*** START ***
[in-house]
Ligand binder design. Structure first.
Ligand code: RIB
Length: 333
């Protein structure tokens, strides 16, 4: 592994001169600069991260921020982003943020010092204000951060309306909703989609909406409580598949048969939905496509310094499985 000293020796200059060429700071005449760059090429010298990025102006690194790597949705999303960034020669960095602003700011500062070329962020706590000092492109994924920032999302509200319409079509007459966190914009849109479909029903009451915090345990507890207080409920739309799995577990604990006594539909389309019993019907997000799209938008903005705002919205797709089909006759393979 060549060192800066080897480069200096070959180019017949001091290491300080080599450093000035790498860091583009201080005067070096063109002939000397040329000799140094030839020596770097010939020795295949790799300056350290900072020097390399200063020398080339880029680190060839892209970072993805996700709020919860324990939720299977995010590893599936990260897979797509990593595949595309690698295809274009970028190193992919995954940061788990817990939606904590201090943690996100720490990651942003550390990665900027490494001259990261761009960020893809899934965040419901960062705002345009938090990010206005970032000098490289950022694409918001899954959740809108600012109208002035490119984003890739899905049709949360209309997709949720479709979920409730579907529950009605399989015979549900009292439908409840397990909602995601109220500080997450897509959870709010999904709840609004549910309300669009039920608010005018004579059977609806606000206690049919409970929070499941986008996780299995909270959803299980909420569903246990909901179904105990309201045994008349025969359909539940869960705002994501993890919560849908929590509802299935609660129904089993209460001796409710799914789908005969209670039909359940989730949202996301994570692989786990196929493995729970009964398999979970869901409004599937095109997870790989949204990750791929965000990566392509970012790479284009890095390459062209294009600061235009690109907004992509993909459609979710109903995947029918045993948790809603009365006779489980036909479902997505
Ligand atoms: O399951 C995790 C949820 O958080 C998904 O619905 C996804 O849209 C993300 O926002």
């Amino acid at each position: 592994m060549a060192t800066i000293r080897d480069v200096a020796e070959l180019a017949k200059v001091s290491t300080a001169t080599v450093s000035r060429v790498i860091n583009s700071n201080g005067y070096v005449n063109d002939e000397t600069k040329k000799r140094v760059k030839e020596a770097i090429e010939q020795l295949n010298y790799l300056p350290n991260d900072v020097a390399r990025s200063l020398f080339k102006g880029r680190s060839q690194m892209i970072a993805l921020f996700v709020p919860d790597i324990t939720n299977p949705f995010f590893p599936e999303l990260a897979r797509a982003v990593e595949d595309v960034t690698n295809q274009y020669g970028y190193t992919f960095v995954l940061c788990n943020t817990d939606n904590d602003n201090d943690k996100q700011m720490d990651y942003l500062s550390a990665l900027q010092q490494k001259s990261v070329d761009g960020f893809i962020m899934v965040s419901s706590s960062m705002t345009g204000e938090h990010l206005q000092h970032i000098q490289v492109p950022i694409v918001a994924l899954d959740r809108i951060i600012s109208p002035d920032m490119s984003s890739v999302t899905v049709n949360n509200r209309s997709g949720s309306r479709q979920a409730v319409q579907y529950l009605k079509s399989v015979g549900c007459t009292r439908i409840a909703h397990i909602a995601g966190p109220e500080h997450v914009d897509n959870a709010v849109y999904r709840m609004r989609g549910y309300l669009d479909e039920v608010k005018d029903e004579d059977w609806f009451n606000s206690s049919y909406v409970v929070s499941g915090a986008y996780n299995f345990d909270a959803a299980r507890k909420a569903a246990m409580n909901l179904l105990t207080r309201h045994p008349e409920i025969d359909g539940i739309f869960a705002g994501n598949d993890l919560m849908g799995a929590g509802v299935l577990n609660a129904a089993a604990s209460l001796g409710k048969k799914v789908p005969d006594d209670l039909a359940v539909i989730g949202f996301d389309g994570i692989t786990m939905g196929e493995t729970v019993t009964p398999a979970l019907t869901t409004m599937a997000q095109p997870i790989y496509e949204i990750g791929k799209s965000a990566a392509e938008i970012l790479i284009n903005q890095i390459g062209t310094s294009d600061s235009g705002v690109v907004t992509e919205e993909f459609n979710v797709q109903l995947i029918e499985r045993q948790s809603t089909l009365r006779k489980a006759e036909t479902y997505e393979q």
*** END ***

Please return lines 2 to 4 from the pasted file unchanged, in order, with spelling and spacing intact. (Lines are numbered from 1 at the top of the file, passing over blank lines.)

Ligand binder design. Structure first.
Ligand code: RIB
Length: 333